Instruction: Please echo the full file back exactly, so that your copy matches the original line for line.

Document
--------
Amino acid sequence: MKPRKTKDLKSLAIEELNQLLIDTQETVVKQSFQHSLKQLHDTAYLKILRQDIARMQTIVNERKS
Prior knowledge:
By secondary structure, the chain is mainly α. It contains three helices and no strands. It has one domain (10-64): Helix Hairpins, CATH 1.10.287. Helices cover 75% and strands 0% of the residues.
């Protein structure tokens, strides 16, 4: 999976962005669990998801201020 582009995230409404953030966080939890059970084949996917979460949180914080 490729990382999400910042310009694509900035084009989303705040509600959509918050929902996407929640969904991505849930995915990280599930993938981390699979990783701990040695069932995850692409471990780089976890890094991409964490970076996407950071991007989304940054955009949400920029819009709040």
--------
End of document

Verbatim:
Amino acid sequence: MKPRKTKDLKSLAIEELNQLLIDTQETVVKQSFQHSLKQLHDTAYLKILRQDIARMQTIVNERKS
Prior knowledge:
By secondary structure, the chain is mainly α. It contains three helices and no strands. It has one domain (10-64): Helix Hairpins, CATH 1.10.287. Helices cover 75% and strands 0% of the residues.
């Protein structure tokens, strides 16, 4: 999976962005669990998801201020 582009995230409404953030966080939890059970084949996917979460949180914080 490729990382999400910042310009694509900035084009989303705040509600959509918050929902996407929640969904991505849930995915990280599930993938981390699979990783701990040695069932995850692409471990780089976890890094991409964490970076996407950071991007989304940054955009949400920029819009709040």